In their first 15 seasons, the Padres had an overall won–lost record of 995–1372 for a .420 winning percentage, and finished with a winning record just once (1978). They had never finished higher than fourth in the NL West division, and eight times they had finished in last place. However, they were coming off consecutive 81–81 seasons in Williams' two years as San Diego's manager. They won the NL West in 1984 with a 92–70 record, and set a then-franchise record in attendance, drawing nearly two million fans (1,985,895). They defeated the Chicago Cubs in the National League Championship Series (NLCS), three games to two, becoming the first NL team to win the pennant after being down 2–0. Steve Garvey was named the NLCS Most Valuable Player.

1986 San Diego Padres season

The 1986 San Diego Padres season was the 18th season in franchise history.

1987 Atlanta Braves season

The 1987 Atlanta Braves season was the 117th in franchise history and their 22nd in Atlanta.

1988 Atlanta Braves season

The 1988 Atlanta Braves season was the 118th in franchise history and their 23rd in Atlanta.

1994 Baseball Hall of Fame balloting

Elections to the Baseball Hall of Fame for 1994 followed the system in place since 1978.

The Baseball Writers' Association of America (BBWAA) voted by mail to select from recent major league players and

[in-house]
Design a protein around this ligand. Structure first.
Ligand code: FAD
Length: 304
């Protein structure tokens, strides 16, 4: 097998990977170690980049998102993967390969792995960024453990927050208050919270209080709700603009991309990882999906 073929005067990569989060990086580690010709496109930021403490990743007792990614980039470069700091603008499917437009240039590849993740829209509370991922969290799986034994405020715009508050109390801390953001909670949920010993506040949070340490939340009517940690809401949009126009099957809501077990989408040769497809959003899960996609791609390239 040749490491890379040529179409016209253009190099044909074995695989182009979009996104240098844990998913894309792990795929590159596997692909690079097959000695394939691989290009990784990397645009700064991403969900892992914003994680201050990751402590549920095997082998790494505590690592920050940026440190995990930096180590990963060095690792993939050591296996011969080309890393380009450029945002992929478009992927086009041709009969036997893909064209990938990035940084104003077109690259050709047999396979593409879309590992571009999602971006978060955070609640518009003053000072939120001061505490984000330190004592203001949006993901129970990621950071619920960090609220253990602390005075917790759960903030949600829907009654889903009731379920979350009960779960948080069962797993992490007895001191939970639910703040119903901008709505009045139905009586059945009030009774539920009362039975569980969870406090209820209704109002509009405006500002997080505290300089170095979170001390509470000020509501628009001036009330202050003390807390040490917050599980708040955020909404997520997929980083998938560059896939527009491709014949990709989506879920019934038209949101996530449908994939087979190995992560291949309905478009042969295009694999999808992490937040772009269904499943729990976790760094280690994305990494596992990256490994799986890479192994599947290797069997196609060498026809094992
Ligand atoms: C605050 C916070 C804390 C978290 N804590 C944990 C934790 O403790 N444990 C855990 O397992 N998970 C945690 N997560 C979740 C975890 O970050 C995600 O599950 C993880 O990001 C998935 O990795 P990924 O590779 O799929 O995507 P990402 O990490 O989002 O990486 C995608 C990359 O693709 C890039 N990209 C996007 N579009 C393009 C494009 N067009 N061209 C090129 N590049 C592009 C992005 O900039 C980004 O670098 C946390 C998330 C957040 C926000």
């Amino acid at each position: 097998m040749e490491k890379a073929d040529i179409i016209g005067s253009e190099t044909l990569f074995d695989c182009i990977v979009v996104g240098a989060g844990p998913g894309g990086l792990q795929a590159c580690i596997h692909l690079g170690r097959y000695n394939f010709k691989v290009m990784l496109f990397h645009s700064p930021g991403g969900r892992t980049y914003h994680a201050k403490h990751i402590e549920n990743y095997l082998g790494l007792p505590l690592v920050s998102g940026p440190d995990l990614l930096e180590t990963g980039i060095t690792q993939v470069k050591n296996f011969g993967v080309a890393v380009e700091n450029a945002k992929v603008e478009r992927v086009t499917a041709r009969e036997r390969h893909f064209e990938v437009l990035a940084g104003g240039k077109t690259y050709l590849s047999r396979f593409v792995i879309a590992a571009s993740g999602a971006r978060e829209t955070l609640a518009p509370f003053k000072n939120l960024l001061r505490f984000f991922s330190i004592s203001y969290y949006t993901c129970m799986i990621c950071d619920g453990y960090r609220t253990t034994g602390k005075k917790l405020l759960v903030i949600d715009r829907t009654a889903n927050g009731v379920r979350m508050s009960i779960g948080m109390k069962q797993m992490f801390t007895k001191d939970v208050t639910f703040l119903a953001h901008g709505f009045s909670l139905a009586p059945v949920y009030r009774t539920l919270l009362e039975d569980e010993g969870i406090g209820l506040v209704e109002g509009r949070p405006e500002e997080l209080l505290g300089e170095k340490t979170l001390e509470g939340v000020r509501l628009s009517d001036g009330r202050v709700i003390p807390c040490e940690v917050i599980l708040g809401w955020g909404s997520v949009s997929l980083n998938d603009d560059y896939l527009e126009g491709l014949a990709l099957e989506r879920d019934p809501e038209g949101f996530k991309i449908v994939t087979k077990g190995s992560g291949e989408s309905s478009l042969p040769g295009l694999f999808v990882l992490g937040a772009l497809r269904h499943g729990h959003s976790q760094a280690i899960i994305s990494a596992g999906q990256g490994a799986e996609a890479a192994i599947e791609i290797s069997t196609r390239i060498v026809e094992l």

elected Steve Carlton.

The Veterans Committee met in closed sessions to consider older major league players as well as managers, umpires, executives, and figures from the Negro Leagues.

It selected two, Leo Durocher and Phil Rizzuto.

Charlie Spikes

Leslie Charles Spikes (born January 23, 1951) is a former Major League Baseball outfielder who played from 1972 through 1980 for the New York Yankees, Cleveland Indians, Detroit Tigers, and Atlanta Braves. He also played 26 games for the Chunichi Dragons in Japan in 1981. His playing career nickname was "The Bogalusa Bomber."

Spikes was drafted in the first round of the 1969 Major League Baseball Draft by the Yankees. He made his major league debut with the Yankees in 1972. Following the 1972 season, he was traded by the Yankees with John Ellis, Jerry Kenney and Rusty Torres to the Indians for Graig Nettles and Jerry Moses. His best season was in 1974 for the Indians, when he hit .271 with 22 home runs and 80 RBI. He played for the Indians through the 1977 season, when he was traded to the Tigers for Tom Veryzer.

Jim Nettles

James William Nettles (born March 2, 1947) is an American professional baseball outfielder. He played all or part of six seasons in Major League Baseball, between 1970 and 1981, for the Minnesota Twins, Detroit Tigers, Kansas City Royals and Oakland Athletics. In 1975, he played for the Nankai Hawks in Japan, and in 1976 he played in the Mexican League. Following his playing career, Nettles managed in the minor leagues from 1983 until 1996, which included the Madison Muskies from 1985 to 1989.Jim is the younger brother of former major league third baseman Graig Nettles.

John Ellis (baseball)

John Charles Ellis (born August 21, 1948) is a former professional baseball player who played first base and catcher in the Major Leagues from 1969 to 1981. He played for the New York Yankees, Cleveland Indians, and Texas Rangers.

He was a standout football and baseball player at New London High School. He later attended Mitchell College for a brief time. After hitting .333 at Triple A, the Yankees called him up in 1969.